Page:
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New Hallasan base trail, Dullaegil, is the start of something special[Jeju's Trails] Day 32 of a 1,200 km journey recording Jeju's hiking trails, oreum (volcanic cones) and Olle courses
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승인 2011.10.22  14:26:22
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▲ Photos by Steve Oberhauser

For a complete list of Steve's Hike Jeju articles please click here and as always you can send your feedback to Steve and The Weekly on our Facebook page.

The Journey
These are the top 15 sites in sequential order for Day 32: Yeongsil course, Jonjaam (temple) - road 1139, turnoff for Yeongsil course - Seogwipo Recreation Forest, entrance - Seogwipo Recreation Forest, mountain shelter - Seogwipo Recreation Forest, Beopjungak Oreum, peak - Seogwipo Recreation Forest, exit - road 1139, turnoff for Beopjeongsa temple and Dullaegil course - Dullaegil course, start - Dullaegil course, river crossing - Dullaegil course, third stretch - Dullaegil course, Si Oreum, base - Dullaegil course, Si Oreum, peak - Dullaegil course, finish - road 1115, turnoff for Dullaegil course - Sol Oreum, base


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Spent
Seogwipo Recreation Forest admission -- 1,000
roadside stand -- 7,000
taxi (Sol Oreum to Seogwipo) -- 5,800
sauna -- 4,000
King Mart -- 2,150
PC room -- 16,000
Total -- 35,950 won

Consumed
12 bananas, 11 odeng on a stick, 2 bags potato chips, 1 cup noodles, 1 package choco Diget, 1 small soda, 4 small cold coffees, 4 small hot coffees, endless amounts of water

Thoughts from Day 32
Seogwipo Recreation Forest, Part 1: A morning in the park. It starts out with a wooden walkway called the Ecology Observation Path, turns into the vehicle (and walking) circuit route and climaxes at the Beopjeongak Oreum path to the top. For 1,000 won, a person can comfortably walk all the trails in about three hours. There seems to be not many people, at all times. There are massively (for the size) developed facilities with a forest recreation hall (six buildings with 20 rooms) and an outdoor seminar hall. Don’t miss the shiitake mushroom plantation, which is why all the long thick tree segments are leaning against each other. Perhaps, all told, there is 10 kilometers of trails in this interesting area. Well managed with plenty of campground space. Per night, one site is 2,000, and a camping deck is 4,000. Basically, there is nothing in English within this area, but the nature here is worth the tradeoff.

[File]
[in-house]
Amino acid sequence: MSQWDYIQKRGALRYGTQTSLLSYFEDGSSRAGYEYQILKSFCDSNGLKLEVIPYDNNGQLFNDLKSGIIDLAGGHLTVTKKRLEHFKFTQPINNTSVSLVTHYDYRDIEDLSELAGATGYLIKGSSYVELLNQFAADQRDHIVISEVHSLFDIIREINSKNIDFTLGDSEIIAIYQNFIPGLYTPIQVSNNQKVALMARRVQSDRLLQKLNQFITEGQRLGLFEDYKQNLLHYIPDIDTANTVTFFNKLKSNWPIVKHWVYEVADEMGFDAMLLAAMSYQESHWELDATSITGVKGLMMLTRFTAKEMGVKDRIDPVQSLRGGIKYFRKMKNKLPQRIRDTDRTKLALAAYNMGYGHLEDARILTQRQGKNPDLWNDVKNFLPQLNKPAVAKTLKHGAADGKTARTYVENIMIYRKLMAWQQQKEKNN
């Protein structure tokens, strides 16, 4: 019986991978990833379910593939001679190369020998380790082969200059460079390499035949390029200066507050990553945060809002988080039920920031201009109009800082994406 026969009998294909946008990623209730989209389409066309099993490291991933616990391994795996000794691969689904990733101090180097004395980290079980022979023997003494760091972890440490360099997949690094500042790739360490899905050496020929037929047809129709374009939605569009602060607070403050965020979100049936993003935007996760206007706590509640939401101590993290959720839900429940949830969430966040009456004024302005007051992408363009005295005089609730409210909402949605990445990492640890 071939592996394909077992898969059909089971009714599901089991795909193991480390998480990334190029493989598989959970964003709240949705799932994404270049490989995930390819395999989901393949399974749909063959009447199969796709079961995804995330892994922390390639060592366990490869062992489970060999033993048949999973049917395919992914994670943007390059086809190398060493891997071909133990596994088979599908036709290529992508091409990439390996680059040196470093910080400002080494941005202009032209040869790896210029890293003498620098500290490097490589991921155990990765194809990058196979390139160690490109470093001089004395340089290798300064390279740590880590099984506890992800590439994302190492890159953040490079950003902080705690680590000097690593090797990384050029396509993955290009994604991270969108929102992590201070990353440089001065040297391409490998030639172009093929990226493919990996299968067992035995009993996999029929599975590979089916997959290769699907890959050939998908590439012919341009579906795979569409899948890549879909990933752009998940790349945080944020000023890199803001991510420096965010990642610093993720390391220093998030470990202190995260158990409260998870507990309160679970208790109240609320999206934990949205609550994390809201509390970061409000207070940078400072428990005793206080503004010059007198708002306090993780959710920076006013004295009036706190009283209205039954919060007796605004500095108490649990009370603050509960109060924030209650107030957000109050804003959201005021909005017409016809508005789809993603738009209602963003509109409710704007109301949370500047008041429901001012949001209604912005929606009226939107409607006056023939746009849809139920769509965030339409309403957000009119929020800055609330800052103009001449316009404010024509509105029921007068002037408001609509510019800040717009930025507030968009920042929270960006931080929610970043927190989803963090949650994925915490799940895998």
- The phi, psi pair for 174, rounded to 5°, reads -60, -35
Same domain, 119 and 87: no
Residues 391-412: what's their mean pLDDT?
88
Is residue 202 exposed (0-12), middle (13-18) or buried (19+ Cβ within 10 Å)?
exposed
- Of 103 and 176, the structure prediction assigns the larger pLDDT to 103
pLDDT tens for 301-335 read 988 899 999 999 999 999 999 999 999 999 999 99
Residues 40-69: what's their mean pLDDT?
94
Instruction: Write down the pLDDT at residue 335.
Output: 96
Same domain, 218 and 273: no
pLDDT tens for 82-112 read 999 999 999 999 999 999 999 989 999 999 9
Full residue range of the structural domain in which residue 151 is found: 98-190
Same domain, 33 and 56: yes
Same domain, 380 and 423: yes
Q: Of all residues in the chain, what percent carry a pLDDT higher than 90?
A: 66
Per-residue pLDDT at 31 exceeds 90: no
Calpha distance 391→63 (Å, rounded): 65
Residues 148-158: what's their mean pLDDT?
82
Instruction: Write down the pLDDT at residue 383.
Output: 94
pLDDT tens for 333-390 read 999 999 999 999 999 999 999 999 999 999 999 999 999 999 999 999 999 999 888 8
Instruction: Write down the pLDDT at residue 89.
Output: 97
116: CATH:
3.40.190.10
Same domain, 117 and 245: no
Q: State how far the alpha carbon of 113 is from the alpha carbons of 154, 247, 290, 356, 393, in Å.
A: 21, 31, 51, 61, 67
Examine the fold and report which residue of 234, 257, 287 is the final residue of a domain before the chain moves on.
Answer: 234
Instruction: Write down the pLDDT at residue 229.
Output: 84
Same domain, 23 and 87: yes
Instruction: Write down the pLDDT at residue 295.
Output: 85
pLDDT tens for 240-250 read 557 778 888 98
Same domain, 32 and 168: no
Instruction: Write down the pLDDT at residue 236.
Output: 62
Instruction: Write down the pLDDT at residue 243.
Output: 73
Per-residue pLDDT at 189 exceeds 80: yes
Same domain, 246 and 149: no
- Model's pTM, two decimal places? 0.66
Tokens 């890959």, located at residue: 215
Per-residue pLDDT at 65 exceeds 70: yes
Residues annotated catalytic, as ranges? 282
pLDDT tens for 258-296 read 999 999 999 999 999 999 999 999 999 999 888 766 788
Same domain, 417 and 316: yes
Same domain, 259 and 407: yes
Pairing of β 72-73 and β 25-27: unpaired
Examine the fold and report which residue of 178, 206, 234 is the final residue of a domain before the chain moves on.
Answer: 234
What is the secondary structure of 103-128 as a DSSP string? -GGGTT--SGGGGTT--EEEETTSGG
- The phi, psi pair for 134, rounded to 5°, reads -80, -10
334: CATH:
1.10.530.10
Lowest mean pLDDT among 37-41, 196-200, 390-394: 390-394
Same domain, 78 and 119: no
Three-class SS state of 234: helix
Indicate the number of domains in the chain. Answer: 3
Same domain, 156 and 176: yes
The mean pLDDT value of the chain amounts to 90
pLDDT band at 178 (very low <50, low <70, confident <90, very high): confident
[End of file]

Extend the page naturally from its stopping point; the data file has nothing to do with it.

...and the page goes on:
Seogwipo Recreation Forest, Part 2: Beopjeongak’s interesting view. Beopjeongak Oreum is a healthy climb with a rope guiding the way. Most of the plants and trees are labeled - as they are in many other parts of the park, especially on the Ecology Observation Path - all the way until the terminus. Surprisingly, as the park was near empty early Sunday morning, a hiking group of about 20 middle-aged Korean women were descending. I heard them quite a long distance away, and thought a youth group had scaled up early. The views look south to Seogwipo, as well as east (and west) out to the national park.

▲ Photo by Steve Oberhauser
▲ Photo by Steve Oberhauser
▲ Photo by Steve Oberhauser

Dullaegil, Part 1: No Expectations. That did not matter. The end result was solidified as precious metal memorable. I have now rethought about the ambitious plan for there to be 500 kilometers of trails inside Hallasan National Park spider webbing around and spurring. If done right, this will be real special. (See below.)

Dullaegil, Part 2: Starts at Beopjeongsa Temple. The trail begins a few kilometers south of Seogwipo Recreation Forest off route 1139. There are no warning signs and it is all in Korean on a wooden sign reading (Romanized as) Hallasan Dullaegil. But, it is also with and next to the translated sign for Beopjeongsa Temple. A person on foot has to walk an additional three or so kilometers to get to the start. A hiker can also get a history lesson concerning the anti-Japanese Movement in 1918 at the site as well. I rate Hallasan Dullaegil as unassuming and classy because of its ...

▲ Photo by Steve Oberhauser

Dullaegil, Part 3: National park feel. Rightly so, national parks should be held to a higher standard than any other regular hiking trail. (I’m a big supporter, follower and user of the U.S. National Park Service, and live directly off the Appalachian Trail.) I felt everything positive toward Hallasan Dullaegil - its cleanliness, design and impressive natural sites it weaves a trekker through as being inside a national park, regardless of a country’s borders. When it is well maintained, this may be the next big thing for Hallasan, maybe a 2012 (or later) hit tourism product national trend award.